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Damn right could not agree more Carl, did you see my post I put up on Monday about a tankless electric?? That's interesting that tankless only needs a 1/2 gas line most need 3/4 and its not there so its a big expense to make it 3/4. I can't read what it says next to the 1/2 gas on the picture, 24 feet is all I can read. About the 18'' cpvc thing that's a load of crap its rated up to 180 degrees when is an electric tank going to go past that. If they fear it would become brittle over time next to the heater than why does your city allow it for the rest of the system. I know every city and state is different but that doesn't make any sense to me. Only on gas heaters we have to have some copper it can't be cpvc because the flue melts the pipe and it sags, I have seen it..lol

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4 hours ago, Glasseyi said:

I would love to switch to tankless, but everyone I know keeps saying waste of money. I think it's more a waste of energy keeping that 50 gallons hot all the time. I have natural gas and no good way to direct vent it outside. Currently y connected to the house boiler. I was even thinking of upgrading that to do both. Both think it would cost more then what I spend now.

John, Sent from my iPad using Tapatalkemoji848.png

 

5 hours ago, PROTOOLNUT said:

Well shit, looks like I will be back to square 1 replacing hot water tank with a new one.

Perhaps you guys should look into a Hybrid electric tank heater. Depending on the model they are over twice as efficient vs a standard electric tank they only need a 30 amp circuit for a 50 gallon model. The GE Geosprings sale for a 1000 you do have to add a condensate drain line but the rest of the install is just like a standard tank. They have a ten year warranty on tank so even if it only last you ten years thats only like $8.50 a month over the units lifetime. 

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Missed your posts I think, been real busy and kinda picking up topics here and there.

This brand of tankless can use 1/2" line up to 24' away from the main branch, it's one of the special features of the Navien. It can sustain a 6" wc pressure drop, by "sucking" the gas in.

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About the value and savings wise, a tank gas water heater is about 60% efficient, the Navien is 98% efficient. There are more efficient tank units available, like a power vent, but by far, the most common is the standard 60% models. It will take longer for the savings to be worthwhile if it gets used less than a family of three or more. You don't run out of hot water though, and there is energy tax credits for them I believe. Tanks will keep you supplied with hot water for the day even if power goes out in the city, tankless will not.

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Navien claims the highest efficiency of any tankless, if that's true, the average cost per year for natural gas is about $170, and for a tank unit, is about $280 a year. Compared to electric units, there will be even bigger difference in savings.

$480 for conventional tank unit, $1700 for tankless, then you have to install them. Tank units give you 6 year warranty on the tank, 1 year for parts. Navien gives you 15 year warranty on heat exchanger, 5 years on parts, 1 Year for labor. If your tank unit goes bad in three years, you get a new tank, but, have to pay to replace it, or do it yourself. Then it goes out in 7 years and you're out of warranty. Tankless will carry that warranty for 15 years, but again, not the labor. You should have water quality checked to know if you should plan to flush the tankless out every year. A tank unit should really be flushed to remove build-up, but no one does that...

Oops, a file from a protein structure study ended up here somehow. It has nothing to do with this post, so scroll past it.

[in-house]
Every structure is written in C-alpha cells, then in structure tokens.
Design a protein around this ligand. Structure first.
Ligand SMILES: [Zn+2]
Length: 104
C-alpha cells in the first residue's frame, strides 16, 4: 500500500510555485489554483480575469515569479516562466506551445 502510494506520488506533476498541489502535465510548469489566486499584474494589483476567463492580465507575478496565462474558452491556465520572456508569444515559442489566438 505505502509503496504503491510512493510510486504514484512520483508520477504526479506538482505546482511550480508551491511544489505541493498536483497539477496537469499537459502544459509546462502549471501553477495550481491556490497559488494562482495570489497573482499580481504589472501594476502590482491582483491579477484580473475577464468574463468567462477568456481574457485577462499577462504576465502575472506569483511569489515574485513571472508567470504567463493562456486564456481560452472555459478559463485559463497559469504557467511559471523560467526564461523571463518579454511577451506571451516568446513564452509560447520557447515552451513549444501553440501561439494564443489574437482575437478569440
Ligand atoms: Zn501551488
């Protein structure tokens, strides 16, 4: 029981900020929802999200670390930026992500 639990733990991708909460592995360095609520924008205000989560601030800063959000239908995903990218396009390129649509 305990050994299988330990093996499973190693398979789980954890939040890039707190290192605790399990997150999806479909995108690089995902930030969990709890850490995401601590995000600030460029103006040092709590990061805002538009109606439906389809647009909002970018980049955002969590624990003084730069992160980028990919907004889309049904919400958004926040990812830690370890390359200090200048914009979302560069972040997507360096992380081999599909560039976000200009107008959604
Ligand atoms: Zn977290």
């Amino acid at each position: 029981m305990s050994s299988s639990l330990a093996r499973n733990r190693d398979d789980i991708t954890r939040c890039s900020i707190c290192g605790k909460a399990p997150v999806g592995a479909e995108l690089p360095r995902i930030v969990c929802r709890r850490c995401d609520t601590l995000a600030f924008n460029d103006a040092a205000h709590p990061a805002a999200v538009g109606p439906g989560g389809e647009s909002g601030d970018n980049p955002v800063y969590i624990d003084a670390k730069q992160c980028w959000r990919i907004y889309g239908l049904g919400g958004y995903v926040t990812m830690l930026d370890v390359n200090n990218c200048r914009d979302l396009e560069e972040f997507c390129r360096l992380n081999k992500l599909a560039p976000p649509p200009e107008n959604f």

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The hybrid water heater you are referring to is the heat pump ones, Justin, is that what you mean?

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Protool what's wrong with your water heater?

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Your a great writer Carl!! Me on the other hand not so much as you can tell, but I know what I'm trying to say..lol I've been busy too, I feel like I abounded this place for the last two months. Trying to play catch up when I can, I'm so backed logged on topics to post. That 24' of 1/2 gas would help some people out but I see houses with only 1/2 mains a lot, they only have a stove and water heater. I don't believe there is any tax credits for gas heaters in my area but that would help with the cost if your town does. Yes savings does depend on your hot water usage. Yea I'am talking about the Hybrid electric heat pump. I realize that climate does matter for maximum savings on this type of heater but during the winter months it can be used on electric mode (heating elements). A.O. Smith has a ten year parts and tank warranty with one year labor. Cost to run depending on model $163-$194 a year with an energy factor of 3.24-2.74. Standard tank is almost $500 a year with a power factor of 0.95 which is better than older models do to the NAECA 3 standards which changed last year. Any water heater should be flushed yearly and tankless with vinegar every year. You do only get one year labor warranty on almost all heaters after that your on your own. What do you offer people who's only option is electric? I try to push Heat pumps because they can be used in heat pump mode year round here in Florida. I think that's the best and only option for an electric unit. What do you think?